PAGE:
Oakham Primary School

A Message from Lord Pickles and Lord Blunkett, followed by Oakham Primary School's best practice article

The ability to listen and learn from one another has always been vital in parliament, in business and in most aspects of daily life. But at this particular moment in time, as national and global events continue to reiterate, it is uncommonly crucial that we forge new channels of communication and reinforce existing ones. The following article from Oakham Primary School is an attempt to do just that. We would welcome your thoughts on this or any other Parliamentary Review article.

Blunkett signature Rt Hon The Lord David Blunkett
Pickles signature Rt Hon The Lord Eric Pickles

www.oakhamprimary.org.uk/

THE PARLIAMENTARY REVIEW
Highlighting best practice
42 | OAKHAM PRIMARY SCHOOL
Dr Philip Jones, head teacher
Inspiring a love of
learning
Oakham’s core purpose as a school is to provide a
learning-centred environment in which children can
thrive and develop intellectually, emotionally, socially
and physically. Its aim is to foster an atmosphere within the
school that prizes intellectual and academic development
as central elements to a successful and enriching school
experience. Head teacher Dr Philip Jones strives to promote
positive traits, such as cooperation and hard work, while
striving to ensure that all pupils at Oakham leave the school
with a love of learning that will inspire them for years
tocome.
Getting to where we are now has been an extensive journey of continuous
improvement and consolidation, focused on improving children’s learning
experiences by elevating standards across the board.
The journey began in earnest with the development of a clear and shared view of
learning to influence teaching and future improvements. Our definition recognises
learning as a reflective and interactive activity, allowing a learner to build upon prior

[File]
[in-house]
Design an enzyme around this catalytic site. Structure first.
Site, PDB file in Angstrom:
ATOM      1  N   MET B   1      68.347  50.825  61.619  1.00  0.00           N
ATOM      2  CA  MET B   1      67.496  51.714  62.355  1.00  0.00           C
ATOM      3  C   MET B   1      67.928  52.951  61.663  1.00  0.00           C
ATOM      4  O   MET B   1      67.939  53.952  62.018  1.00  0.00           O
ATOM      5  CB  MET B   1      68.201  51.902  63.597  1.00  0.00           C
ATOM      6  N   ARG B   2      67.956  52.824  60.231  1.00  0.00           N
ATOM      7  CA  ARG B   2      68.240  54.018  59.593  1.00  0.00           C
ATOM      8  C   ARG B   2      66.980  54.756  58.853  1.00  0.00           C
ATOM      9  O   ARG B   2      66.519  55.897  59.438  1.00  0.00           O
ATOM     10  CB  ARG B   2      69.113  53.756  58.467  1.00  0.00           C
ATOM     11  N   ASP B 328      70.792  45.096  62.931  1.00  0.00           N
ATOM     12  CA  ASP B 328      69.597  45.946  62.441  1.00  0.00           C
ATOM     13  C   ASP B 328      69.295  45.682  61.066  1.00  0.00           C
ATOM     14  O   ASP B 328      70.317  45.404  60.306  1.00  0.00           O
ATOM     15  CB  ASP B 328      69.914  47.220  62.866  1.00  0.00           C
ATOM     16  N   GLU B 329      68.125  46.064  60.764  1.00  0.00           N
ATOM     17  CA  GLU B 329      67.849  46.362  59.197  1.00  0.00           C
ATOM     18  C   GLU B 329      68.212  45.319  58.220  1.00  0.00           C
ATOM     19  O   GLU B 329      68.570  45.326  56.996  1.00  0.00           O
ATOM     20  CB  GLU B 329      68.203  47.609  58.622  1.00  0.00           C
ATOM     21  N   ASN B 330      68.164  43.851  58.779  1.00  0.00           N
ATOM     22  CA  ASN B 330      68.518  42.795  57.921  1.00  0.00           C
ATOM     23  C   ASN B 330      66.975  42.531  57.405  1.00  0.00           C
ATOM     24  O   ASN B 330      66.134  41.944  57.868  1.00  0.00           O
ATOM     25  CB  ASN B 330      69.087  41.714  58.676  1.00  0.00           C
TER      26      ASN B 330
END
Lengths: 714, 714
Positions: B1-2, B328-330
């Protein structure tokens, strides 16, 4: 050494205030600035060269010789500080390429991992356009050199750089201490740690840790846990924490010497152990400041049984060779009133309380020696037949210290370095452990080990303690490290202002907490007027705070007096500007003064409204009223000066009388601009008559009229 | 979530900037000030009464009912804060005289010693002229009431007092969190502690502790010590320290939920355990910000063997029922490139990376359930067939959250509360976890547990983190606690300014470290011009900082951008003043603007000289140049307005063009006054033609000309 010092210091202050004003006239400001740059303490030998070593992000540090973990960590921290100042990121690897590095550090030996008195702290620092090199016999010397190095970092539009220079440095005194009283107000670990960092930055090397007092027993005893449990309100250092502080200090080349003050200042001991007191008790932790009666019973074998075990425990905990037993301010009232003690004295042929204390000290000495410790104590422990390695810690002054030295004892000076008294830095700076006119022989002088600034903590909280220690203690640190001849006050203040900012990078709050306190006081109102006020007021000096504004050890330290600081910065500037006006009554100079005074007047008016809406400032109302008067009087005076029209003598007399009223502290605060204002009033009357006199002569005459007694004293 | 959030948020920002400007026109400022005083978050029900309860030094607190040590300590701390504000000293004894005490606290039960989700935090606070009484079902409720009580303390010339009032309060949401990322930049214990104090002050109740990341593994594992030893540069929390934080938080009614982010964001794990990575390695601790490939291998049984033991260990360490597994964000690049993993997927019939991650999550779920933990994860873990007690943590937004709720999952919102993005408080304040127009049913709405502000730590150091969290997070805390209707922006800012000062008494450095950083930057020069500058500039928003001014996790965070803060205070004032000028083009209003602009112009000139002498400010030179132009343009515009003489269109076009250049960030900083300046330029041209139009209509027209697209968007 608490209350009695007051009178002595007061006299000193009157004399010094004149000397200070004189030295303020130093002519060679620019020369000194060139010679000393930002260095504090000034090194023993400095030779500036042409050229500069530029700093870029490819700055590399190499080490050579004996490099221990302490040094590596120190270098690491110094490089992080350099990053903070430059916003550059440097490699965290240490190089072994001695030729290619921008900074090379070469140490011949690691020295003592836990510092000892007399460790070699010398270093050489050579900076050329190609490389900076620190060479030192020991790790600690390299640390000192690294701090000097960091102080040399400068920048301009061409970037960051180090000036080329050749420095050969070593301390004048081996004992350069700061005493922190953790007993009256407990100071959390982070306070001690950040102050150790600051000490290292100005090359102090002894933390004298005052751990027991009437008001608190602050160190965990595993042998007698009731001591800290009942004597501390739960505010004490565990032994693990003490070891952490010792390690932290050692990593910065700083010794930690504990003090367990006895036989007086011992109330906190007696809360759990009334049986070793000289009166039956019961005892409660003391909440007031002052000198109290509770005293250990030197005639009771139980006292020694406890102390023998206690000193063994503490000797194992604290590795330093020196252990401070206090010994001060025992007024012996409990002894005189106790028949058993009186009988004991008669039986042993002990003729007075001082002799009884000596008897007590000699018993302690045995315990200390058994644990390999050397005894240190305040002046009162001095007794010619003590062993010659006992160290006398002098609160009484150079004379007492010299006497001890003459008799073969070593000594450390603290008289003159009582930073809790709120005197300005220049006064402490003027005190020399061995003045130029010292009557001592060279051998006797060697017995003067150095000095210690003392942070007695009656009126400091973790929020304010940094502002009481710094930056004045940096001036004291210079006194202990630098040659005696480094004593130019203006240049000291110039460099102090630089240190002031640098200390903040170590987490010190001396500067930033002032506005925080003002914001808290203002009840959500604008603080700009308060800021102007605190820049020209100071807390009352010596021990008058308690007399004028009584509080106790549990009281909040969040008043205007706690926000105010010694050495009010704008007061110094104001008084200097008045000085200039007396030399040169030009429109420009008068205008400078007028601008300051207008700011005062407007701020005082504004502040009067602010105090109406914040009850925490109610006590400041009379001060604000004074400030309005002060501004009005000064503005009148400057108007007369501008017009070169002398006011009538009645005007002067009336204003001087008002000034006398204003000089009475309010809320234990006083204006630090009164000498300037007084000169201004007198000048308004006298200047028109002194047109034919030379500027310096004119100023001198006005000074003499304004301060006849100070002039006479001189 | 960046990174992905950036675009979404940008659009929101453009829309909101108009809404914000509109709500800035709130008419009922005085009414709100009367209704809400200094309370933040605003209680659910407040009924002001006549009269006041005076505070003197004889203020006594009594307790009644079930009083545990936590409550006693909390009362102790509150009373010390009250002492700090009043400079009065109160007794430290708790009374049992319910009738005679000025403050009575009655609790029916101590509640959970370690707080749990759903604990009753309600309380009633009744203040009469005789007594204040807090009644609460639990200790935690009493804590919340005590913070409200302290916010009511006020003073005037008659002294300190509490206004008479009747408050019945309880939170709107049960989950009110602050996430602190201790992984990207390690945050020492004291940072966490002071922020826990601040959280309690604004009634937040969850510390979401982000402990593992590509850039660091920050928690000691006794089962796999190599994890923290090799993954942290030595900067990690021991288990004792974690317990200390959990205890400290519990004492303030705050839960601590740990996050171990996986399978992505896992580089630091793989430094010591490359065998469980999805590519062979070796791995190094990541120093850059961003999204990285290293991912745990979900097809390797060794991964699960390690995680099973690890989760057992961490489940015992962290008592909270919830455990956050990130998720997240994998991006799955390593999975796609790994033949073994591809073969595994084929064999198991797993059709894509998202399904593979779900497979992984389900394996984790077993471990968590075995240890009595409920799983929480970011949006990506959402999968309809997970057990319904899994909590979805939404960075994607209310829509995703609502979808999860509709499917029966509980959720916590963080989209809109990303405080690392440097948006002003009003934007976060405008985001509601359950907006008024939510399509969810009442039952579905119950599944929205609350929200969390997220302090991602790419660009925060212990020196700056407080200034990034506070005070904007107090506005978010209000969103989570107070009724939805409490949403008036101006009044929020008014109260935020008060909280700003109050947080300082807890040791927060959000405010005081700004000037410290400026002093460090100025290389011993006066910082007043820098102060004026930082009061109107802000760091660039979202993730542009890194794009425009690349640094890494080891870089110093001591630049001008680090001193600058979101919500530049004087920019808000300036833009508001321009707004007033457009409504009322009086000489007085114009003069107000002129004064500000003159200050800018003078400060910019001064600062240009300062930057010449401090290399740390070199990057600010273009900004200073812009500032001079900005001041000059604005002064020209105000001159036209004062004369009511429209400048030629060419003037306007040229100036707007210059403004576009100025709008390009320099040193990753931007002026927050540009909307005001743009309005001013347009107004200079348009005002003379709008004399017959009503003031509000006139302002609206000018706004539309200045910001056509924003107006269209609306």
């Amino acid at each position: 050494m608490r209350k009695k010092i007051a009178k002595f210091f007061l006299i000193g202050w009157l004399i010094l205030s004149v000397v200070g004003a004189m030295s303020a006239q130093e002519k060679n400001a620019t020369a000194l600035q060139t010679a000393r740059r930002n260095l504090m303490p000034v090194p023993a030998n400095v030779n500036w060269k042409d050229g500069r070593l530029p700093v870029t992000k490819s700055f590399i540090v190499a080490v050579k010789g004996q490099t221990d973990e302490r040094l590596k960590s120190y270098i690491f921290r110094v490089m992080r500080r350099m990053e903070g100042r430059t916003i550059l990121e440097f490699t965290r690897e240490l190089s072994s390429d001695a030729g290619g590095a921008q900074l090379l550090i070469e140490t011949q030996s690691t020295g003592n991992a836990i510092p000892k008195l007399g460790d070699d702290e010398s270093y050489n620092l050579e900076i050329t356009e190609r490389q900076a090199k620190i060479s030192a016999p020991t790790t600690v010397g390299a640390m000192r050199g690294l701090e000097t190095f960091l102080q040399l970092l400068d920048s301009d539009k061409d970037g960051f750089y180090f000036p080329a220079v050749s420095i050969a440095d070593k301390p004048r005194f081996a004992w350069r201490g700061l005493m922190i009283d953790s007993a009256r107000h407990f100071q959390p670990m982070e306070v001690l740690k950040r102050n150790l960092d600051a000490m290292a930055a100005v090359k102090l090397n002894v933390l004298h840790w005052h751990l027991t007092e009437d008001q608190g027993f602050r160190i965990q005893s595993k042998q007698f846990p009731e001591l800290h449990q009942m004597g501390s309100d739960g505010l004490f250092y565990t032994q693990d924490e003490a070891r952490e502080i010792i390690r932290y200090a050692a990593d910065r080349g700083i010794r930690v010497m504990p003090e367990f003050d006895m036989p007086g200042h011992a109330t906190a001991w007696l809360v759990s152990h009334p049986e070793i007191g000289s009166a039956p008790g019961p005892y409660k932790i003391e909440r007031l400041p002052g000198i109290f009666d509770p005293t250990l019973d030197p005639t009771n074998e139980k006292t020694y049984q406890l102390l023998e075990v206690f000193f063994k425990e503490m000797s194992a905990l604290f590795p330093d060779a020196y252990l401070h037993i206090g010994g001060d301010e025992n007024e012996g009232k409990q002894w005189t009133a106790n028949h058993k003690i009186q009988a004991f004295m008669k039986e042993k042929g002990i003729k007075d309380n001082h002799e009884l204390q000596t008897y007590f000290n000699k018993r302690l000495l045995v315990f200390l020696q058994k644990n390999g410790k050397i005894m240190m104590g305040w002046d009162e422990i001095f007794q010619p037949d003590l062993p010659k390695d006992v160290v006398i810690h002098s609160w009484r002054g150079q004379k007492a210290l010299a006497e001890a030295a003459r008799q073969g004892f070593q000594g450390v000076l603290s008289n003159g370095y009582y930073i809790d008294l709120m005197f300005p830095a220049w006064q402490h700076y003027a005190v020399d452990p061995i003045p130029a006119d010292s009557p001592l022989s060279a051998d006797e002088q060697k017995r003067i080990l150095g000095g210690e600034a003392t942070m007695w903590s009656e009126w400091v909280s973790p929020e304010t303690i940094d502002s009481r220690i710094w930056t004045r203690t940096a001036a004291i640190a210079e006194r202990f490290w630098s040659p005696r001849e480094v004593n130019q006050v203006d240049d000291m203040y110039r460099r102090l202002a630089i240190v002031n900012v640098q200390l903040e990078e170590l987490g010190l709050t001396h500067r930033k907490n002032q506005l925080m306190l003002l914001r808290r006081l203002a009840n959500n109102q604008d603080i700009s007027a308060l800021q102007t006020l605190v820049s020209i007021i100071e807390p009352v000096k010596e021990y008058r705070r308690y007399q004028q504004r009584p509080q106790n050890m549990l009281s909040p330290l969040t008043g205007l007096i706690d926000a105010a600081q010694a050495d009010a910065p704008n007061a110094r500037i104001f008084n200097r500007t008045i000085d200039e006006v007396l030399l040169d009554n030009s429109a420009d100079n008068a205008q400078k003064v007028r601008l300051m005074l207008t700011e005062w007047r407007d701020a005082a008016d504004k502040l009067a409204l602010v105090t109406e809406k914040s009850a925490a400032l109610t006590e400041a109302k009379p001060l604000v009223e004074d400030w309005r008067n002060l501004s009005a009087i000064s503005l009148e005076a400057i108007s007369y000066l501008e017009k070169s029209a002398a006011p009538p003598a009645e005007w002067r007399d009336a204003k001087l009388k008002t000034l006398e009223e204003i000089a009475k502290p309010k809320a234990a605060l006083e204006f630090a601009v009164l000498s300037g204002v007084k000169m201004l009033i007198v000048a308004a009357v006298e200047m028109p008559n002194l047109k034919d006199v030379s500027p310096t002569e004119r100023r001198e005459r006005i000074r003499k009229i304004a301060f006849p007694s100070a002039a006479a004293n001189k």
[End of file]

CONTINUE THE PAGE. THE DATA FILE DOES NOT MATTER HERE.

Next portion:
knowledge and experience to formulate new knowledge, skills and understanding.
This avoids many of the “fashionable” pseudo-scientific methods of teaching that
I have encountered during my 17 years of being a head teacher, providing a basis
for a clarity of understanding that allows teachers to create a purposeful learning
environment conducive to academic progression. Our supportive and positive ethos
is reflected through the excellent learning attitudes of our pupils and their thirst for
knowledge.
REPORT CARD
OAKHAM PRIMARY SCHOOL
»Head teacher: Dr Philip Jones
»Founded in 1939
»Based in Tividale, Sandwell,
West Midlands
»Type of school: Local authority
maintained primary school
»No. of pupils: 483
»National support school
»Ofsted: “Outstanding”,
June2013
Oakham Primary
School
43OAKHAM PRIMARY SCHOOL |
BEST PRACTICE REPRESENTATIVE 2018
The outcome of our adaptations has
culminated in children making good
progress during their time at Oakham.
While standards are not merely about
Key Stage 2 results, they remain the
measures by which we are judged.
At Oakham, children progress from
very low entry baselines to well above
national levels upon leaving. Our
2017 results place us in the top 1 per
cent for progress in maths and the
top 2 per cent for reading progress,
while we have been within the top
5 per cent for progress nationally
for many years. Within these results,
our disadvantaged children have
made equally good progress at rates
significantly above national levels. They
are situated within the top 2 per cent
for reading and the top 3 per cent for
maths nationally, emblematic of their
stark improvements that have been
fortified through effective teaching
and adept leadership.
Our local authority is the 13th most
deprived out of 326 – based on the
2015 “Indices of Deprivation”. At a time
when austerity and declining education